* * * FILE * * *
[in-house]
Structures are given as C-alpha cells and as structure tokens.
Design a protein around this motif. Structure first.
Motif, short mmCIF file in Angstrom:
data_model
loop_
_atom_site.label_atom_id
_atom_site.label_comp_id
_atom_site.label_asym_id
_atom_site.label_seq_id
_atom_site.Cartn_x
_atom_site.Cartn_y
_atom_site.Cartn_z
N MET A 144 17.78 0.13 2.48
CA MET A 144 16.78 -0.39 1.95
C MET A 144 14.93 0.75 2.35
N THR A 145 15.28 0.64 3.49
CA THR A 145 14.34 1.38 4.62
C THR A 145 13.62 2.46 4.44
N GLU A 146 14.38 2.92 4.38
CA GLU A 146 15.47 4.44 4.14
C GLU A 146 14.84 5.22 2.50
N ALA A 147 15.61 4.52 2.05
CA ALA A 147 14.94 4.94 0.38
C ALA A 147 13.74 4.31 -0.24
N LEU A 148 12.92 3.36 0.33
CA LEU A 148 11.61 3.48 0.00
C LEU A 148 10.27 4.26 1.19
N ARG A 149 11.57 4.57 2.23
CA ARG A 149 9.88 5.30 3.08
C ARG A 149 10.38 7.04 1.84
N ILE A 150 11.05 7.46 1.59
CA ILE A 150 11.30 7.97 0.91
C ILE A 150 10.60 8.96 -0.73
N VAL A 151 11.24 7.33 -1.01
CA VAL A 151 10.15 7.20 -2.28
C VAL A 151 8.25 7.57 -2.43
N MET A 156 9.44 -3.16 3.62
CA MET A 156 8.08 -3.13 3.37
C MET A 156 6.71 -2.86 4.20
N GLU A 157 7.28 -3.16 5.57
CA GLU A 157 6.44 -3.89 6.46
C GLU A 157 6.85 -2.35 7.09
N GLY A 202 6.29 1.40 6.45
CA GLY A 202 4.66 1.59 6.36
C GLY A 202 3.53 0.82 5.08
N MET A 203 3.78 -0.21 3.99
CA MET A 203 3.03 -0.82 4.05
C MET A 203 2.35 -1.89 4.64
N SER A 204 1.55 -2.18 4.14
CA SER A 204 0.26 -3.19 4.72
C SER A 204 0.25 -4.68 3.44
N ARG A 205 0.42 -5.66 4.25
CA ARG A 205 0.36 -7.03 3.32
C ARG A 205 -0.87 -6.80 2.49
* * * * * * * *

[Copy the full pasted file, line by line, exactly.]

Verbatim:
[in-house]
Structures are given as C-alpha cells and as structure tokens.
Design a protein around this motif. Structure first.
Motif, short mmCIF file in Angstrom:
data_model
loop_
_atom_site.label_atom_id
_atom_site.label_comp_id
_atom_site.label_asym_id
_atom_site.label_seq_id
_atom_site.Cartn_x
_atom_site.Cartn_y
_atom_site.Cartn_z
N MET A 144 17.78 0.13 2.48
CA MET A 144 16.78 -0.39 1.95
C MET A 144 14.93 0.75 2.35
N THR A 145 15.28 0.64 3.49
CA THR A 145 14.34 1.38 4.62
C THR A 145 13.62 2.46 4.44
N GLU A 146 14.38 2.92 4.38
CA GLU A 146 15.47 4.44 4.14
C GLU A 146 14.84 5.22 2.50
N ALA A 147 15.61 4.52 2.05
CA ALA A 147 14.94 4.94 0.38
C ALA A 147 13.74 4.31 -0.24
N LEU A 148 12.92 3.36 0.33
CA LEU A 148 11.61 3.48 0.00
C LEU A 148 10.27 4.26 1.19
N ARG A 149 11.57 4.57 2.23
CA ARG A 149 9.88 5.30 3.08
C ARG A 149 10.38 7.04 1.84
N ILE A 150 11.05 7.46 1.59
CA ILE A 150 11.30 7.97 0.91
C ILE A 150 10.60 8.96 -0.73
N VAL A 151 11.24 7.33 -1.01
CA VAL A 151 10.15 7.20 -2.28
C VAL A 151 8.25 7.57 -2.43
N MET A 156 9.44 -3.16 3.62
CA MET A 156 8.08 -3.13 3.37
C MET A 156 6.71 -2.86 4.20
N GLU A 157 7.28 -3.16 5.57
CA GLU A 157 6.44 -3.89 6.46
C GLU A 157 6.85 -2.35 7.09
N GLY A 202 6.29 1.40 6.45
CA GLY A 202 4.66 1.59 6.36
C GLY A 202 3.53 0.82 5.08
N MET A 203 3.78 -0.21 3.99
CA MET A 203 3.03 -0.82 4.05
C MET A 203 2.35 -1.89 4.64
N SER A 204 1.55 -2.18 4.14
CA SER A 204 0.26 -3.19 4.72
C SER A 204 0.25 -4.68 3.44
N ARG A 205 0.42 -5.66 4.25
CA ARG A 205 0.36 -7.03 3.32
C ARG A 205 -0.87 -6.80 2.49